Stephen McFarland, former US Ambassador to Guatemala (2008-2011), told InSight Crime that supporting local prosecutors would be a strong option. "The United States could, for example, support and participate in a regional mechanism that unites prosecutors from Guatemala, El Salvador and Honduras...Something broader like the CICIG would require considerable support from the three countries, which does not seem possible at the moment."

InSight Crime Analysis

Donald Trump’s departure from the White House has signalled a rapid shift in attitude toward Guatemala, El Salvador and Honduras. Since Biden’s arrival, the region's governments are having to let go of a relationship based on laissez-faire in exchange for immigration concessions, replaced by one demanding accountability and looking likely to deploy criminal investigations.

The Trump administration did not hesitate at accepting the Honduras government of President Juan Orlando Hernández of Honduras as a strategic ally in the fight against drug trafficking. But documents published on February 5 make it seem likely the Southern District of New York may be looking to formally investigate the president for his possible role in a conspiracy to export cocaine to the United States.

Meanwhile, no Biden administration official would receive El Salvador’s Nayib Bukele during an unannounced visit he made to Washington DC during the second week of February, according to a report by the Associated Press.

Trump’s ambassador to El Salvador publicly supported Bukele, including after the president controversially walked into Congress flanked by soldiers in February 2020 and when it was revealed that his government negotiated with the MS13 gang to lower the homicide rate. Bukele now faces an uphill battle in Washington, according to an official interviewed by AP.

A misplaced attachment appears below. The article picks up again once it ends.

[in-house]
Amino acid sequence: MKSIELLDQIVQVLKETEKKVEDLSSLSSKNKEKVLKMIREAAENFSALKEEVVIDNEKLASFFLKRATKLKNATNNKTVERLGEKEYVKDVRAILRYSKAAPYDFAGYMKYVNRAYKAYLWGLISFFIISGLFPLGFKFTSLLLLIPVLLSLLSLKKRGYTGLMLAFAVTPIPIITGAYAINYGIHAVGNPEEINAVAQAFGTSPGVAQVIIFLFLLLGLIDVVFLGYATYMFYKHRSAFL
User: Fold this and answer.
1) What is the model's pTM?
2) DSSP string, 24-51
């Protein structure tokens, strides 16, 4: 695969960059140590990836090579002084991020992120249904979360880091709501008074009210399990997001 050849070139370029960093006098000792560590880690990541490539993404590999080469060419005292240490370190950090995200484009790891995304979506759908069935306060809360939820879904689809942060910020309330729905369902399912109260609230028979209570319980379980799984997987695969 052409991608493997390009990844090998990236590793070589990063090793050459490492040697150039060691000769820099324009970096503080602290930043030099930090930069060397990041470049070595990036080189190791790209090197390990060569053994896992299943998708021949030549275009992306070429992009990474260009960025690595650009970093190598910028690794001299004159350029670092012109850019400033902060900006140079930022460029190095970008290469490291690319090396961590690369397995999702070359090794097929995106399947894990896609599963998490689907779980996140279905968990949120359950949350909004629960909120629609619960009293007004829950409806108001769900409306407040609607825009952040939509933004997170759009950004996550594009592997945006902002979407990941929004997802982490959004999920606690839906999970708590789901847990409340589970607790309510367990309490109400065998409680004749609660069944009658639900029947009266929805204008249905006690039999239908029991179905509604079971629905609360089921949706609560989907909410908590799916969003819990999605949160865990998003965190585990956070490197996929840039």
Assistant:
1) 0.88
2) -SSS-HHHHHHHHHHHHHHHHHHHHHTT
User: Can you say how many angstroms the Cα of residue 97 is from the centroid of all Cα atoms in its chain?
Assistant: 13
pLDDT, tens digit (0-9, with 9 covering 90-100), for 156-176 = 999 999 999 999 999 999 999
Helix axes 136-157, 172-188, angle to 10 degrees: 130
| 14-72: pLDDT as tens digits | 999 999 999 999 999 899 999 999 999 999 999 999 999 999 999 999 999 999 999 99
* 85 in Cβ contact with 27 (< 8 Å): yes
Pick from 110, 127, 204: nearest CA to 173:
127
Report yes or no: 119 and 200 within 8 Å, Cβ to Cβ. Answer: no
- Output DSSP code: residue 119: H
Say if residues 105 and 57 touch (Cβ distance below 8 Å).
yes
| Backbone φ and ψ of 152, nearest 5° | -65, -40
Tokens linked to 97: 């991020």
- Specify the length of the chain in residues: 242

In the case of Guatemala, officials in Washington and US Ambassador William Popp have not hesitated to support the FECI and the Constitutional Court when they have suffered attacks by officials within the administration of President Alejandro Giammmattei.

SEE ALSO: US Corruption List Highlights Northern Triangle Presidents’ Criminal Ties

Additionally, Biden has already suspended the so-called “safe third country” immigration agreements, a diplomatic tool used by the Trump government to try to stop the flow of Central American migrants across the US border and put Central American leaders of the administration’s good side.

InSight Crime spoke to both a legislative assistant and an official working on Latin American affairs at the State Department, who both disclosed that officials from these countries appearing on the Engel List would have their visas revoked. The Engel List was created in December 2020, specifically requiring the US government to publish a list of Guatemalan, Salvadoran and Honduran officials suspected of corruption and to revoke their US visas.

"The Engel List is a firm mandate that is welcomed by this administration,” the legislative assistant told InSight Crime, adding that State Department and NSC officials were building the list and would present it to Congress by mid-June.

“The process is just getting started, but there are already names of officials and ministers from these countries on the table,” explained the legislative assistant.